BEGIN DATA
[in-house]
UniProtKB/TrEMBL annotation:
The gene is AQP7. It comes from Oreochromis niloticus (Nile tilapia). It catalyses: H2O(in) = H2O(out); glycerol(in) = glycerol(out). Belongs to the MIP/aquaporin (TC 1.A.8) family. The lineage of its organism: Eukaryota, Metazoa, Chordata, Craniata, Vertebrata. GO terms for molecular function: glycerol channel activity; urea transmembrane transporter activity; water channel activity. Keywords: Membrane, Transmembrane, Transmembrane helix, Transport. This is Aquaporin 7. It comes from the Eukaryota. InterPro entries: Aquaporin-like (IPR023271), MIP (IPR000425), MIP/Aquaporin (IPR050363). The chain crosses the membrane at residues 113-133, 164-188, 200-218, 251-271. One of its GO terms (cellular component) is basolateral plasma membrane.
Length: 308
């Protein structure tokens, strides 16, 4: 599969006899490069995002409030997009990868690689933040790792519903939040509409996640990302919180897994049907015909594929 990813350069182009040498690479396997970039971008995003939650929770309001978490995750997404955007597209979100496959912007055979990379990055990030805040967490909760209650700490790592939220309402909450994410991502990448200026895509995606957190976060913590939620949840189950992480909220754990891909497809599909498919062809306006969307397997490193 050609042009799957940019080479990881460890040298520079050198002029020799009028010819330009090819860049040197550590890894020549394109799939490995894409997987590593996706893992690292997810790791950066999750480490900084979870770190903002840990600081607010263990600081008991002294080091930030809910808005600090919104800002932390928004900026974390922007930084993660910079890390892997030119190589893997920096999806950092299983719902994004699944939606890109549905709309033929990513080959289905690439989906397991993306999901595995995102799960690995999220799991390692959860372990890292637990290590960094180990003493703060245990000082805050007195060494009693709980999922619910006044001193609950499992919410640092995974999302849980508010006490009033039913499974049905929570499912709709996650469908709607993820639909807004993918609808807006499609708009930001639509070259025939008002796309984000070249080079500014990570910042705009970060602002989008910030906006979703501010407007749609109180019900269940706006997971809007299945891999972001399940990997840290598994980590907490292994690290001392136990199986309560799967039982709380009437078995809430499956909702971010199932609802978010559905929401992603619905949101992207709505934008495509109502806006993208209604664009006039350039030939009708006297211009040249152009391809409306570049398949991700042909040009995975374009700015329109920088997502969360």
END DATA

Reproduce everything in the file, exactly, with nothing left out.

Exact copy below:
[in-house]
UniProtKB/TrEMBL annotation:
The gene is AQP7. It comes from Oreochromis niloticus (Nile tilapia). It catalyses: H2O(in) = H2O(out); glycerol(in) = glycerol(out). Belongs to the MIP/aquaporin (TC 1.A.8) family. The lineage of its organism: Eukaryota, Metazoa, Chordata, Craniata, Vertebrata. GO terms for molecular function: glycerol channel activity; urea transmembrane transporter activity; water channel activity. Keywords: Membrane, Transmembrane, Transmembrane helix, Transport. This is Aquaporin 7. It comes from the Eukaryota. InterPro entries: Aquaporin-like (IPR023271), MIP (IPR000425), MIP/Aquaporin (IPR050363). The chain crosses the membrane at residues 113-133, 164-188, 200-218, 251-271. One of its GO terms (cellular component) is basolateral plasma membrane.
Length: 308
């Protein structure tokens, strides 16, 4: 599969006899490069995002409030997009990868690689933040790792519903939040509409996640990302919180897994049907015909594929 990813350069182009040498690479396997970039971008995003939650929770309001978490995750997404955007597209979100496959912007055979990379990055990030805040967490909760209650700490790592939220309402909450994410991502990448200026895509995606957190976060913590939620949840189950992480909220754990891909497809599909498919062809306006969307397997490193 050609042009799957940019080479990881460890040298520079050198002029020799009028010819330009090819860049040197550590890894020549394109799939490995894409997987590593996706893992690292997810790791950066999750480490900084979870770190903002840990600081607010263990600081008991002294080091930030809910808005600090919104800002932390928004900026974390922007930084993660910079890390892997030119190589893997920096999806950092299983719902994004699944939606890109549905709309033929990513080959289905690439989906397991993306999901595995995102799960690995999220799991390692959860372990890292637990290590960094180990003493703060245990000082805050007195060494009693709980999922619910006044001193609950499992919410640092995974999302849980508010006490009033039913499974049905929570499912709709996650469908709607993820639909807004993918609808807006499609708009930001639509070259025939008002796309984000070249080079500014990570910042705009970060602002989008910030906006979703501010407007749609109180019900269940706006997971809007299945891999972001399940990997840290598994980590907490292994690290001392136990199986309560799967039982709380009437078995809430499956909702971010199932609802978010559905929401992603619905949101992207709505934008495509109502806006993208209604664009006039350039030939009708006297211009040249152009391809409306570049398949991700042909040009995975374009700015329109920088997502969360």